Saturday, 13 August 2022

Director sorry for remembrance ‘disrespect’

THE director of a Second World War film has apologised for shooting scenes in Shirburn on Remembrance Sunday.

THE director of a Second World War film has apologised for shooting scenes in Shirburn on Remembrance Sunday.

Watlington Parish Council had asked the producers of Fury, which stars Brad Pitt, to halt filming on Remembrance Sunday and Armistice Day as a mark of respect but a night shoot on Saturday continued until 2am the next day.

The decision to film into the morning of Remembrance Sunday was described as “grossly insensitive” by Colonel Richard Kemp, former commander of British forces in Afghanistan, and “inappropriate” by shadow defence minister Kevan Jones.

Director David Ayer, a former submariner in the US navy, apologised in a message posted on his Twitter page.

He said: “My heartfelt apologies for any disrespect on Remembrance Day. I am a veteran myself. It is an honour to film here in the UK.”

Parish council chairman Ian Hill said councillors had contacted film producers Sony requesting a halt in filming after receiving a letter informing them of the schedule for shooting.

“The parish council looked at it and thought the filming of gunfire and all the rest of it in the period immediately around Remembrance Day probably wan’t a good idea,” he said.

“One of the councillors contacted the company by telephone and had a series of conversations with various people and it was agreed, verbally at least, that they would not film on Remembrance Sunday.”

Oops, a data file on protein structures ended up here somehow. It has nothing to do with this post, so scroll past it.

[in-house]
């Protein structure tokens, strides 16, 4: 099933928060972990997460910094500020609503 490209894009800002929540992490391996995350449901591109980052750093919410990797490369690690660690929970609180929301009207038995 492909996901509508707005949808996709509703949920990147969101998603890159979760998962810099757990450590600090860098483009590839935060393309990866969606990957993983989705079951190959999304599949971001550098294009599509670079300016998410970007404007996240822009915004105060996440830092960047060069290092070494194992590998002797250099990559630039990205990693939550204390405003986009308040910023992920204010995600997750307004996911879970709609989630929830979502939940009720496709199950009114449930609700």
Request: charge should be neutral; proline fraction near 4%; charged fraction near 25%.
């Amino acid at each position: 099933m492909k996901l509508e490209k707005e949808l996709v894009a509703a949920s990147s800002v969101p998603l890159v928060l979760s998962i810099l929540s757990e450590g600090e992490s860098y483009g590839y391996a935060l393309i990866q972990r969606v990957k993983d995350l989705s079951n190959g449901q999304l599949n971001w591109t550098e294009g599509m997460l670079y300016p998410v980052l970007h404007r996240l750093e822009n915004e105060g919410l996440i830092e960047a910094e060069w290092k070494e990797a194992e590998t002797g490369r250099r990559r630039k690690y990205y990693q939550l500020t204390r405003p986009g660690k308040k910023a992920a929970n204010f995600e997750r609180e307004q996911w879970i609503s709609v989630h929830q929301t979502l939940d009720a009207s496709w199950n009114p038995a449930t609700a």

Cllr Hill said he was “surprised” that filming continued on Sunday despite the producers’ assurances to the contrary.

“From that point of view, all the parish council can say is filming battle scenes and all the rest of it was not the most sensitive thing to do,” he added.

But Jim Stubbs, chairman of the Watlington branch of the Royal British Legion, said one Legion member and serving member of the armed forces lives in Shirburn and was not concerned by the filming on Remembrance Sunday.

“He was not disturbed by any noise and he wasn’t disturbed in any moral or emotional way,” said Mr Stubbs.

“The way he saw it, they were just doing their job and it didn’t cause any distress to anybody.

“The main thing is that the promise was kept that there was not going to be anything going on for 11am on Remembrance Sunday or 11am on Armistice Day.”

A statement from film producers Sony said they “strongly support the commemoration of Remembrance Sunday and all that it stands for and deeply regret any misunderstandings caused”.

In a statement, Ayer added: “I have only the deepest esteem for the British military, its storied history and the sacrifices of those who have fallen.

“I am a veteran myself, from a family with a long history of military service.

“There is no greater sacrifice and no greater honour than to serve one’s nation and to fall in battle in said service.

“I have enjoyed nothing but hospitality and co-operation while filming in the UK.

“As a film-maker, it is a privilege to film in the United Kingdom and I wish to add that the professionalism of our British crew is unsurpassed.”

The filming in Shirburn is due to finish at the end of this week.

Former military personnel are working as military advisers, cast and extras on the film, which is due to be released next year.

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